General Atomics has announced that it will partner with the U.S. Army to develop advanced sensors for weapons to meet anti-access and area-denial needs.
The agreement is with the Army’s Combat Capabilities Development Command’s Aviation & Missile Center. The work will take place in San Diego and four other sites across the country.
The company’s Electromagnetic Systems group and the center will develop “target acquisition and tracking sensors and algorithms” to advance technologies needed for missile and weapon systems to operate at extended ranges.
“Target acquisition and tracking are paramount to enabling advanced weapon systems and technologies that support the Army’s modernization efforts,” said Scott Forney, who heads the systems group.
The Center for a New American Security defines anti-access and area denial as “approaches that seek to prevent U.S. forces from gaining or using access to overseas bases or critical locations, such as ports and airfields, while denying U.S. forces the ability to maneuver within striking distance of their territory.”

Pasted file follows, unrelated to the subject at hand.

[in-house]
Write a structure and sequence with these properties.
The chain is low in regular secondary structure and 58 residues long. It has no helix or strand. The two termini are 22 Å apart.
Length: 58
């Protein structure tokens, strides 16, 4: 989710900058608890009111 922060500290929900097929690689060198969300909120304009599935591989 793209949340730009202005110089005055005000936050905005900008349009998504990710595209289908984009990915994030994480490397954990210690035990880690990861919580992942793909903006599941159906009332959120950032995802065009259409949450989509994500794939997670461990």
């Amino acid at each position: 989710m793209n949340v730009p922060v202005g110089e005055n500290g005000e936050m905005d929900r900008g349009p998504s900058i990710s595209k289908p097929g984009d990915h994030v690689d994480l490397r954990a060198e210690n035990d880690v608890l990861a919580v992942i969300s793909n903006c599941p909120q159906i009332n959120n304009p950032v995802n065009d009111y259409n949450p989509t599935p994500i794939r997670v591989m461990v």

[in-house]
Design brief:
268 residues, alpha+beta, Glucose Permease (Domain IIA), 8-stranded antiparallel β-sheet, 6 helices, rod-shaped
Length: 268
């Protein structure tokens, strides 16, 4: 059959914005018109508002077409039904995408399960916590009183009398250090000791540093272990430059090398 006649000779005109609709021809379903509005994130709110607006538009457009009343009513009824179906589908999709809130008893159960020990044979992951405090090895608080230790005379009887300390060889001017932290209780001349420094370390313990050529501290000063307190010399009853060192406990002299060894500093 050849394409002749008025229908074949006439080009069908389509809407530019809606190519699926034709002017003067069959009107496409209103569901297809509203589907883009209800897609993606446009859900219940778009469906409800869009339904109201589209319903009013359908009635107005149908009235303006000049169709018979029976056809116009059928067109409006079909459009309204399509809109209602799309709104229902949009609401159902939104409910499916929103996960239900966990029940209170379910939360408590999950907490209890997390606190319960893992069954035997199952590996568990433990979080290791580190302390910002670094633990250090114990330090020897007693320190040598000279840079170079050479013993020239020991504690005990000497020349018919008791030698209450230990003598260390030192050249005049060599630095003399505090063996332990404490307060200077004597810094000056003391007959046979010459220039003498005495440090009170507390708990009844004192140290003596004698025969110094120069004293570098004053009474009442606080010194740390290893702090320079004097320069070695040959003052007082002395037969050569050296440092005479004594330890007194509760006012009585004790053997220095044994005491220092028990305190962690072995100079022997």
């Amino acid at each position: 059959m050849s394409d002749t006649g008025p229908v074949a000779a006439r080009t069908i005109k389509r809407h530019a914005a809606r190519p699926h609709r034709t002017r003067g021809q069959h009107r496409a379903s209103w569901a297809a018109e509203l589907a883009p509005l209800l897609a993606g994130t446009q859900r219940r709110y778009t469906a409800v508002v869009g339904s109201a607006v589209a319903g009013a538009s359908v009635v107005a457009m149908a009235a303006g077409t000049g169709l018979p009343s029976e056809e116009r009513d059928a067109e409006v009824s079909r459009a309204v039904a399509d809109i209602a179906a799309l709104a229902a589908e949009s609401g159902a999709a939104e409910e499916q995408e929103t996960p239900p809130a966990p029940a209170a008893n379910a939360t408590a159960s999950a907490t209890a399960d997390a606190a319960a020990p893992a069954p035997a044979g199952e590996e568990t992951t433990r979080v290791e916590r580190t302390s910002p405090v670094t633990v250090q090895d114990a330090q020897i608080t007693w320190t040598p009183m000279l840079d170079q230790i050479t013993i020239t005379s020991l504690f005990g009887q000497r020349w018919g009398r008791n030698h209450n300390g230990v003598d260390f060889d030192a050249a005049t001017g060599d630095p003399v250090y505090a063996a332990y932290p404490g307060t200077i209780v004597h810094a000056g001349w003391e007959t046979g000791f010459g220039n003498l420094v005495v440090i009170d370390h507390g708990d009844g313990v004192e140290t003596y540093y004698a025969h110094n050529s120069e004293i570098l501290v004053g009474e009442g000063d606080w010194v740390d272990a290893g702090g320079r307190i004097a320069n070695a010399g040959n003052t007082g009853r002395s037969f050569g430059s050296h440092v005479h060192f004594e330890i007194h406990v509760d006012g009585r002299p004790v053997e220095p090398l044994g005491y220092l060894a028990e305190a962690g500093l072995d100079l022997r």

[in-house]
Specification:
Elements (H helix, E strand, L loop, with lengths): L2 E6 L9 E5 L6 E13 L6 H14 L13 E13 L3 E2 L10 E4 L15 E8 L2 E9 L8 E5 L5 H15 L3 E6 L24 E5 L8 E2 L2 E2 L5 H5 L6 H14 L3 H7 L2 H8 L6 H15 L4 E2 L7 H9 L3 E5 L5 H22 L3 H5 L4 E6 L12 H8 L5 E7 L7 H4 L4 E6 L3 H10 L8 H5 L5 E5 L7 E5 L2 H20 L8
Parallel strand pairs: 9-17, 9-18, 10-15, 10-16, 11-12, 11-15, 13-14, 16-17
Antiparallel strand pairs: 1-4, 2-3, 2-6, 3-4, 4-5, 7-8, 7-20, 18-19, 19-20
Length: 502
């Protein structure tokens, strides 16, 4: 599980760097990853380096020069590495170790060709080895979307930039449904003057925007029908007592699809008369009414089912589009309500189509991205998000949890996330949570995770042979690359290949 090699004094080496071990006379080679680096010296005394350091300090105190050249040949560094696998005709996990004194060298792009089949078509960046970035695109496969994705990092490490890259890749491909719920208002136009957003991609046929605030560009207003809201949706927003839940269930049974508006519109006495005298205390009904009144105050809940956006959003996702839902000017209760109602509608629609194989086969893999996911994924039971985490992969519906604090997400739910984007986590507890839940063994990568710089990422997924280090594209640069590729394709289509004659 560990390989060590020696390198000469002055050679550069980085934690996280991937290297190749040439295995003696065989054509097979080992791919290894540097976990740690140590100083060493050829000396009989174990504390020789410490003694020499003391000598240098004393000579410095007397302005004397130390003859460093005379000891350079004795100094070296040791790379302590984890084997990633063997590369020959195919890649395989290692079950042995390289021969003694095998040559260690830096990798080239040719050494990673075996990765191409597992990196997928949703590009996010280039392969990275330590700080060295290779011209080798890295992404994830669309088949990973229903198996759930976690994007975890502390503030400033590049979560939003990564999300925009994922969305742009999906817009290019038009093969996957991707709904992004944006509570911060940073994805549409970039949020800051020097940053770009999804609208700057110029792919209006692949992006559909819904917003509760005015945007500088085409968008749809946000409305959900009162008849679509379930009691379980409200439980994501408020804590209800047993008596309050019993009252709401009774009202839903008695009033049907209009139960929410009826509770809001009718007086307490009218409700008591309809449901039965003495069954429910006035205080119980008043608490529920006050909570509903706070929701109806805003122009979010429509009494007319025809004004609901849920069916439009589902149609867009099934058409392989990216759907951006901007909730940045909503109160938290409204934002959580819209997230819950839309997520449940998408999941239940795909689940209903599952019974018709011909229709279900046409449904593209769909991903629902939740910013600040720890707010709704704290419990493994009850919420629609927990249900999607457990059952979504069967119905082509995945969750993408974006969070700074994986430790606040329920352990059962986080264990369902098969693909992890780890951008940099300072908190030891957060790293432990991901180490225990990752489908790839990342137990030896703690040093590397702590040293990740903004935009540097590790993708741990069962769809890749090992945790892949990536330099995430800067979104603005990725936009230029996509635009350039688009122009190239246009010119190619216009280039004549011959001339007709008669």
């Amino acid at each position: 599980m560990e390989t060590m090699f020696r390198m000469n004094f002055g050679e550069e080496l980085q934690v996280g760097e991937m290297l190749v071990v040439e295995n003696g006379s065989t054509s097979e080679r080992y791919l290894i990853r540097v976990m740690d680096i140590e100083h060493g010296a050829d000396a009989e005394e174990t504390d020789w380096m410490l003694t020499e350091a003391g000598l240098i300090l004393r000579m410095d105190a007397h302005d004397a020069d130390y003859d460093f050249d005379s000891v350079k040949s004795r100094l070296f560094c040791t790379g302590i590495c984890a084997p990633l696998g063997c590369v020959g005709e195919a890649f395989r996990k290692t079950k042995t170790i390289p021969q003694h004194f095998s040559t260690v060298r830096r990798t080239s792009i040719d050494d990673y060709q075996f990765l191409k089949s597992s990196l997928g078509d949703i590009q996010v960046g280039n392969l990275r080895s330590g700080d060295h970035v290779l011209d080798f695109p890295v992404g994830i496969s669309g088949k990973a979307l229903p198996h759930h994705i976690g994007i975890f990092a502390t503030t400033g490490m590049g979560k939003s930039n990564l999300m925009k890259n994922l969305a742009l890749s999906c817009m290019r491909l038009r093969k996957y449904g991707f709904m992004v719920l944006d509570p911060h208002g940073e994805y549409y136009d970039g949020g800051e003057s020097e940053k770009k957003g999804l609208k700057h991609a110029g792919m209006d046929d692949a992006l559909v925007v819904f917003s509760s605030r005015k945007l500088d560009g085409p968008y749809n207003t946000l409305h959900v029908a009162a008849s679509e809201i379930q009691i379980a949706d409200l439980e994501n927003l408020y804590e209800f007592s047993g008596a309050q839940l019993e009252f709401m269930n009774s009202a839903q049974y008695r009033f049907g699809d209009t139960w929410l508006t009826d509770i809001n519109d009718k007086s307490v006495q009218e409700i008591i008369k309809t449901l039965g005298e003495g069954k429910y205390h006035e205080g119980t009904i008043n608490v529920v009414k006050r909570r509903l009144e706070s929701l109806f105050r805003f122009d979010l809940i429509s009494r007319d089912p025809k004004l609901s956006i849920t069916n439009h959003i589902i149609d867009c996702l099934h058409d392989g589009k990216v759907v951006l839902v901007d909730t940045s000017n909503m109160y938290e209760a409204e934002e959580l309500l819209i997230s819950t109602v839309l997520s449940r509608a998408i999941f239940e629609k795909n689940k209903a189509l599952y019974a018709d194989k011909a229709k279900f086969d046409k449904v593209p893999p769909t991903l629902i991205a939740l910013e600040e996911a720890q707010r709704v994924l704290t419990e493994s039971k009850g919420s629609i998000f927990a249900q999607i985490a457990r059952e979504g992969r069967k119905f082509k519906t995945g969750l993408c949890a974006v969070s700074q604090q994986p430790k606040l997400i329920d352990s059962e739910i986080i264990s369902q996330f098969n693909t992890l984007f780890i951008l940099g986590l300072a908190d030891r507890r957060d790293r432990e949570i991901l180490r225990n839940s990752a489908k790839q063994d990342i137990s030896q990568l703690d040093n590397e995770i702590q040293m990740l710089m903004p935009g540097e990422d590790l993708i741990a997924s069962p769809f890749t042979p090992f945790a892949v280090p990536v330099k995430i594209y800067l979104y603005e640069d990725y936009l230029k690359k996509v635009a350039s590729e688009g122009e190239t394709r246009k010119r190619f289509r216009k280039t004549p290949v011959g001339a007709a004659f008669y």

General Atomics’ electromagnetic systems group specializes in a host of advanced weapon systems and supporting technologies, including missiles, precision munitions, hypersonic weapons, laser weapons, and intelligence and surveillance capabilities.
Under the research agreement, the group also will conduct research and development activities at facilities in Boston, Huntsville, Ala., Allen, Tex, and Fredericksburg, Vir.
Nick Bucci, vice president of missile defense and space systems at the systems group, said the partnership “will expedite delivering these critical weapon systems” to the Army.